4. Kraftwerk - Trans-Europe Express
Why can't I study? It's a question I ask myself all the time, even on today of all days. There's a whole pile of photocopied papers pertaining to refugee law that I refuse to even contemplate reading. But maybe putting on "Trans-Europe Express" will help. I'm only just getting into Kraftwerk now, and I notice that when I listen to "Europe Endless" I actually start becoming less emotional and more inclined to work. Rolf & Florian's music and their image complement eachother so perfectly it's frightening. The other thing I think of is their reputation as the Godfathers of Techno in relation to their actual recorded output. In a sense its vastly overrated. While I can certainly see enormous similarities between this music and stuff by Derrick May, or Orbital or even Underworld, it's actually when these artists are furthest away from the dancefloor aesthetic that they begin to sound like their idols. Kraftwerk's world is too clean and shiny, seeming to advocate not bodily expression but rather bodily repression. The pulsating rhythms they employ aren’t about movement so much as a smooth, motionless glide. How they ended up siring electro and subsequently techno then is not an example of their vision, but rather a classic example of brilliant mis-interpretation (in other words, getting it right by getting it wrong) on the part of Black Americans.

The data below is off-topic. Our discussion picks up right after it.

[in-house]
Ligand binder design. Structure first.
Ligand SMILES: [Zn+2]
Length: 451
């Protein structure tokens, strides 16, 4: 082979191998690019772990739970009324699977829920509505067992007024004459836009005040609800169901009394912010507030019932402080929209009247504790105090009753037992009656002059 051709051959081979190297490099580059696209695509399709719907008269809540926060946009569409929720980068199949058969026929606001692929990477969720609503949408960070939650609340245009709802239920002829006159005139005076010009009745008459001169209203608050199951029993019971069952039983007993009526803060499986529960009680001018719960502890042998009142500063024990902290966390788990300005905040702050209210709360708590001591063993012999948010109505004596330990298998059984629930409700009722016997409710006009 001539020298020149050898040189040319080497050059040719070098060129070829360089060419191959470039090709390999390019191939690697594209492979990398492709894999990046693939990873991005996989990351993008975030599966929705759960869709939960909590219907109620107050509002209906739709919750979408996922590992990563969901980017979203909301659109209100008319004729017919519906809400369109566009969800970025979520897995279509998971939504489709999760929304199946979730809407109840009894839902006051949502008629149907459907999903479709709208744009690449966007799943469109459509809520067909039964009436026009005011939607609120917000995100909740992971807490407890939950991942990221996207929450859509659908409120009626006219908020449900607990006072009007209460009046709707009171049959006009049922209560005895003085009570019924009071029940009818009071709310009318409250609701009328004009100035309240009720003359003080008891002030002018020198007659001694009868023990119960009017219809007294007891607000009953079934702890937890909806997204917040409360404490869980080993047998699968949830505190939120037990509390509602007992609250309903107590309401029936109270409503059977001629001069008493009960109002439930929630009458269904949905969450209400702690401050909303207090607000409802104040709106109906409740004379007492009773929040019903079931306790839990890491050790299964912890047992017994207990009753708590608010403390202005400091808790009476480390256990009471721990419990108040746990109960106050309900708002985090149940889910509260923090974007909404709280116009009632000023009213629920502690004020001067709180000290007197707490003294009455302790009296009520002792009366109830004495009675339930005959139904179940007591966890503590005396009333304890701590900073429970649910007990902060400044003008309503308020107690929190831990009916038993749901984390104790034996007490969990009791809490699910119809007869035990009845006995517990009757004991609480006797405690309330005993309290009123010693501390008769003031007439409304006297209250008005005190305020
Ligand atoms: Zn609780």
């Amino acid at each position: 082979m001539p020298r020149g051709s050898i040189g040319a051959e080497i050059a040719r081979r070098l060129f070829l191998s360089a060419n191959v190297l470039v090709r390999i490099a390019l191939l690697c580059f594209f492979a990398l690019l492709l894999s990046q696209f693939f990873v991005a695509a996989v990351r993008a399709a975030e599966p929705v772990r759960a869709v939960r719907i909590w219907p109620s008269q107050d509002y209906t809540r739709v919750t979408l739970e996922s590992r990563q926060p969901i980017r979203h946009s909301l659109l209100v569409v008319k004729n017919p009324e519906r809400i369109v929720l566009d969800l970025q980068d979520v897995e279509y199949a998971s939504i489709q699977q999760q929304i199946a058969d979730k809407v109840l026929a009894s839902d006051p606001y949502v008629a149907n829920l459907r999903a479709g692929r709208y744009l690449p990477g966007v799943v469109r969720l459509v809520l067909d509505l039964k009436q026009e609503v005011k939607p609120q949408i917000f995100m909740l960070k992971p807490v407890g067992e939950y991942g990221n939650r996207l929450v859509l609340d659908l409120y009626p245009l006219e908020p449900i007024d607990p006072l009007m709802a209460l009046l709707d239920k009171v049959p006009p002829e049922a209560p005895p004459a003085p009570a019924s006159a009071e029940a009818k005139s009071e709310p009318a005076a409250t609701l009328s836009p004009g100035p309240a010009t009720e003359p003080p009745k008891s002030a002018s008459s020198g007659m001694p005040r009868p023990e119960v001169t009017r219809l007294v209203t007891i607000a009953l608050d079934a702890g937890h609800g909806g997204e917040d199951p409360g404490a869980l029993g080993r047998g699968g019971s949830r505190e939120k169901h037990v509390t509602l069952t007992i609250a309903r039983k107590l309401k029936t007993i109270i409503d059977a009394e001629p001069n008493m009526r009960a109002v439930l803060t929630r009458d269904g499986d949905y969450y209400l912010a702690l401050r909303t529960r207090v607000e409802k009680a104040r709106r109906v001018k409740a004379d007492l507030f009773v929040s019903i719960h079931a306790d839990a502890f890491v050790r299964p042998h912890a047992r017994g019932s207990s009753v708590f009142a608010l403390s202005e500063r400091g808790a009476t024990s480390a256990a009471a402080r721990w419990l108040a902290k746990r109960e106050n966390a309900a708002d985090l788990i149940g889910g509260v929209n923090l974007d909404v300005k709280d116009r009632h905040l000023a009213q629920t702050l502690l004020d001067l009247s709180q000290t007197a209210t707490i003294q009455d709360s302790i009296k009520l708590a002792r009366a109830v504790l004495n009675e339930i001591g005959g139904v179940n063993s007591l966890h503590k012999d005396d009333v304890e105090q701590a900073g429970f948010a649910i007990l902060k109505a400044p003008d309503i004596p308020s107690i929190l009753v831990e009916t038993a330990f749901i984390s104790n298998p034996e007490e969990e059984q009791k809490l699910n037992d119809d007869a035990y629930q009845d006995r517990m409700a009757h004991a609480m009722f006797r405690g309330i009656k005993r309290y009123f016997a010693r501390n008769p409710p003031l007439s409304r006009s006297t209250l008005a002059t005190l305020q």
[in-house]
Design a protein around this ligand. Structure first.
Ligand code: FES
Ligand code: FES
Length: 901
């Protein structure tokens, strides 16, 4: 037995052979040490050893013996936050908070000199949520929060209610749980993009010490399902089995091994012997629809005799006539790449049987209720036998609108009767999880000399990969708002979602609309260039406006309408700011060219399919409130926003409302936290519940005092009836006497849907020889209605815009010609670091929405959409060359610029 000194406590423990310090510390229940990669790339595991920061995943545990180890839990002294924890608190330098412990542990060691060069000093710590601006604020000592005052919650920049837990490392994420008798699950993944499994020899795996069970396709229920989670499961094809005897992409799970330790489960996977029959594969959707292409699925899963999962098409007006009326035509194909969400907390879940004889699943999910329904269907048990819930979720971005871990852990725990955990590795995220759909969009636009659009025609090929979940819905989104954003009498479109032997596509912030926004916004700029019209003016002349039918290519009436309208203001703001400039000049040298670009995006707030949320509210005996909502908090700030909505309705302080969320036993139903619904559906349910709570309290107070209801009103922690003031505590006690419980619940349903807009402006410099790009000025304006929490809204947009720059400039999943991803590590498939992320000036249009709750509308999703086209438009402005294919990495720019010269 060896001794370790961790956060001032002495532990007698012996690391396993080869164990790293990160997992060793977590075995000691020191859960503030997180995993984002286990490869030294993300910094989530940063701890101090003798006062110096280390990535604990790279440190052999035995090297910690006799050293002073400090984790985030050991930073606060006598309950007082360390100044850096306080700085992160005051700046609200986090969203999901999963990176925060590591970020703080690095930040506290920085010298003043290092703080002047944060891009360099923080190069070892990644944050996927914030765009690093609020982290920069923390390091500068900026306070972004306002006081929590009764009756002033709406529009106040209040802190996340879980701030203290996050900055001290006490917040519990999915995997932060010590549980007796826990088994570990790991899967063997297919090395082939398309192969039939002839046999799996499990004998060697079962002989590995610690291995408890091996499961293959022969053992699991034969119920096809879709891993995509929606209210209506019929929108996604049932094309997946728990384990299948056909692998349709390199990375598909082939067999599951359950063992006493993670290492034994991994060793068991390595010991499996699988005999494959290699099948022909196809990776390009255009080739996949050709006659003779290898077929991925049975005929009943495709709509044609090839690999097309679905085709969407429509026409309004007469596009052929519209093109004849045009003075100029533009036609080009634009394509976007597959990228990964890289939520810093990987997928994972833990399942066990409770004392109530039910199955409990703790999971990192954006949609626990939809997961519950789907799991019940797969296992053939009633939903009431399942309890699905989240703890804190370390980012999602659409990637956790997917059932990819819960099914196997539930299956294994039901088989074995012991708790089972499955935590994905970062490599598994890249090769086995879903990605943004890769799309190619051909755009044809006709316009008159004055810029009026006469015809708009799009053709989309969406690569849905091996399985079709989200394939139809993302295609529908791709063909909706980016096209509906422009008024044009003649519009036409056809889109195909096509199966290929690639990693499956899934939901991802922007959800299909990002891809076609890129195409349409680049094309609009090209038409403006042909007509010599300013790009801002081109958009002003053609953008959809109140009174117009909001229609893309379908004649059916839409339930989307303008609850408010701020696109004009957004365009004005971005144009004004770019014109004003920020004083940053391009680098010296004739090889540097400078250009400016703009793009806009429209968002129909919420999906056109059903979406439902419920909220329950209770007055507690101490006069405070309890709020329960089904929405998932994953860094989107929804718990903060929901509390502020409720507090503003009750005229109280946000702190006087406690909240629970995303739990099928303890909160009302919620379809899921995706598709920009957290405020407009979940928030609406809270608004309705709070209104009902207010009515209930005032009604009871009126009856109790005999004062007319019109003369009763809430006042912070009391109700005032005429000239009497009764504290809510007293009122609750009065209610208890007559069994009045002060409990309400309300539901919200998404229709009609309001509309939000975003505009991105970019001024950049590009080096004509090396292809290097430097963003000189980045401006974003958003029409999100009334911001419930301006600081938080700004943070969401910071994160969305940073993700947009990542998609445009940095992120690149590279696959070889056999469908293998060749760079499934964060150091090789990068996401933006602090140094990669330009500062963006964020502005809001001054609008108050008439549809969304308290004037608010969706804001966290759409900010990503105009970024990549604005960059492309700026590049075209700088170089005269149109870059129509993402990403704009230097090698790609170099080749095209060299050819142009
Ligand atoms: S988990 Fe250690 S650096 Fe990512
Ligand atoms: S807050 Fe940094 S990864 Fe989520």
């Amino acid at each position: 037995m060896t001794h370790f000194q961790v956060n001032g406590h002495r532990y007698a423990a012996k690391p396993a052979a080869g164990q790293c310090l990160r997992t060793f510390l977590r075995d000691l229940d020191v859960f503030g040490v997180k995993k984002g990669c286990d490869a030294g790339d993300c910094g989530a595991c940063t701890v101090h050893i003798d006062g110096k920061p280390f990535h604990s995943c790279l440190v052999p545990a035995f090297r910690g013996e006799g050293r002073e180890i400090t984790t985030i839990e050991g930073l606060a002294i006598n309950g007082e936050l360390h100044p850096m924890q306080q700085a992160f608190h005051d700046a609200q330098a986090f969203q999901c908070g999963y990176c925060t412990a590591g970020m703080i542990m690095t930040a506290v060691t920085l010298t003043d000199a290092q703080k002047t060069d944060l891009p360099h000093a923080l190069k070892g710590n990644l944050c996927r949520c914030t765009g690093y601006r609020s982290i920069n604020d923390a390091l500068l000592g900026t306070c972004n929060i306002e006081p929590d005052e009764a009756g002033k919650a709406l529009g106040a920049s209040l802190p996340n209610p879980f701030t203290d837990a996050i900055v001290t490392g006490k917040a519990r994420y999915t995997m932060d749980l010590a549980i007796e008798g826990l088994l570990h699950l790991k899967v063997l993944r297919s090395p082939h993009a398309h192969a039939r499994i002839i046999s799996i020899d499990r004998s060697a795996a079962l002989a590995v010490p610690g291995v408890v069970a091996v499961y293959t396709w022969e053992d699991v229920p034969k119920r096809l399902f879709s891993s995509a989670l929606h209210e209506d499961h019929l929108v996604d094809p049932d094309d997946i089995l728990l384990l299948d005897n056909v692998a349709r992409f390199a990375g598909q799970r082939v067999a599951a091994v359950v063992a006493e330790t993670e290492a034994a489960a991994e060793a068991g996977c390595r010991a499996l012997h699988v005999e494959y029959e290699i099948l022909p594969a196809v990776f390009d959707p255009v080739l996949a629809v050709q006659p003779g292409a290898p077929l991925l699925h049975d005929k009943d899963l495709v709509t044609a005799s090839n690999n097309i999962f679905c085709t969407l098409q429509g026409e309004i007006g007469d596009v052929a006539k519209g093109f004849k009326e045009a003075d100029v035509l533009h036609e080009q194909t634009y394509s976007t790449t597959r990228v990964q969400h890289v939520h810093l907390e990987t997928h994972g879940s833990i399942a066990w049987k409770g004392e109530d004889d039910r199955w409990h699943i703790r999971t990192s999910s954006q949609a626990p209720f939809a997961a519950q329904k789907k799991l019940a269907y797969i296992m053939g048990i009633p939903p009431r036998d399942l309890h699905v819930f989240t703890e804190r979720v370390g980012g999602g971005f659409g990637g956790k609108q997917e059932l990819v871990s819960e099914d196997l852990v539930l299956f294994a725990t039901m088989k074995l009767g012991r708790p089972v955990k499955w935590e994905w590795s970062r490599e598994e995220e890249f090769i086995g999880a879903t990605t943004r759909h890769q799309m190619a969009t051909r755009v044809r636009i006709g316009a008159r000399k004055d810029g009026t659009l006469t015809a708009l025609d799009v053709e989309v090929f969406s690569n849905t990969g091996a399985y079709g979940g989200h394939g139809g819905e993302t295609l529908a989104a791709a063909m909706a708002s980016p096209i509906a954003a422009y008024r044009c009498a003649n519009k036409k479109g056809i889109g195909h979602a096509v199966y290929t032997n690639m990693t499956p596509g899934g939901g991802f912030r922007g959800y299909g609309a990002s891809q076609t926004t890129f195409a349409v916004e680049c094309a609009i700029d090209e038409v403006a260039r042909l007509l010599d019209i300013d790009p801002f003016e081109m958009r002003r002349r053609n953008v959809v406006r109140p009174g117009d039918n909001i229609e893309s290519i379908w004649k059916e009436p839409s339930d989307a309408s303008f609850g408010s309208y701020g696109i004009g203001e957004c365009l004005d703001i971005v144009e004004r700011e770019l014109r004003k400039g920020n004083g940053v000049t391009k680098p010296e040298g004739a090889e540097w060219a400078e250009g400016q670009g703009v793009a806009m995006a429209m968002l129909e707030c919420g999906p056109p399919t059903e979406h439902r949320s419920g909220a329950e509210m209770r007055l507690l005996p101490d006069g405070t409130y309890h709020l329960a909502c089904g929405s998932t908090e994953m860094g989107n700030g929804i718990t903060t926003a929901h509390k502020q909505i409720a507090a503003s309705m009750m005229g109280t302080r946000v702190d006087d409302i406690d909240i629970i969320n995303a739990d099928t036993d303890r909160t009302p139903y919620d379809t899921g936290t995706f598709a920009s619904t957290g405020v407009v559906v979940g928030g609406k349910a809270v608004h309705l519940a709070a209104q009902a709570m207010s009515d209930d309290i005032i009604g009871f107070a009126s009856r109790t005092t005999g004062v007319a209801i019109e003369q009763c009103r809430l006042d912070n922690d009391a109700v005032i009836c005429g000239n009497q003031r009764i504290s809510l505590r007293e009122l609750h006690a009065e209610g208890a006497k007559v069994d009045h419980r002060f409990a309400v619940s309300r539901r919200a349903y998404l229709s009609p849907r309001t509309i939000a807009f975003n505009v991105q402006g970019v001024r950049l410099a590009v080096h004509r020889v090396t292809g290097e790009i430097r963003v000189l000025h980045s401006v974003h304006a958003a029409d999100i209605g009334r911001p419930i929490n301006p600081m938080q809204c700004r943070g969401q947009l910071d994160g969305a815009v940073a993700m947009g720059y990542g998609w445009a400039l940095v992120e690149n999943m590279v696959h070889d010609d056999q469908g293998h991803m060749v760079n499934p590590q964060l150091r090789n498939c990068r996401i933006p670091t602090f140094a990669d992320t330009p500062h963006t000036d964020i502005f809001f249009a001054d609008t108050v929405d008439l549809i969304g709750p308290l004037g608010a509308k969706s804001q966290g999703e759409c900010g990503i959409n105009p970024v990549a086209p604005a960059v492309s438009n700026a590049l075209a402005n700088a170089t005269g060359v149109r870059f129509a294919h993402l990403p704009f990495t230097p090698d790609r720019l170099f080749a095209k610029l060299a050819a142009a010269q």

This is not to dismiss Kraftwerk’s legacy though; “Trans-Europe Express” is one of the most amazing albums I’ve ever heard, just not for the reasons usually stated. What I love about this album is actually its delightful eeriness (check “The Hall of Mirrors”), and the group’s surprising talent for writing excellent, if disturbing songs. Songs which seem to scream “Slow down!” to the rest of the world by presenting just what we’re hurtling towards. That we didn’t end up adopting the cyborg-future they avertise doesn’t invalidate the power of their message, though arguably we have merely become inhuman in different, subtler ways.
In the end I guess it comes down to what you listen to music for: context or enjoyment (that’s an unfair manipulation, I know). Whether or not Kraftwerk presaged the future seems like an irrelevant question to me, because I’m much more interested in exploring the one they created.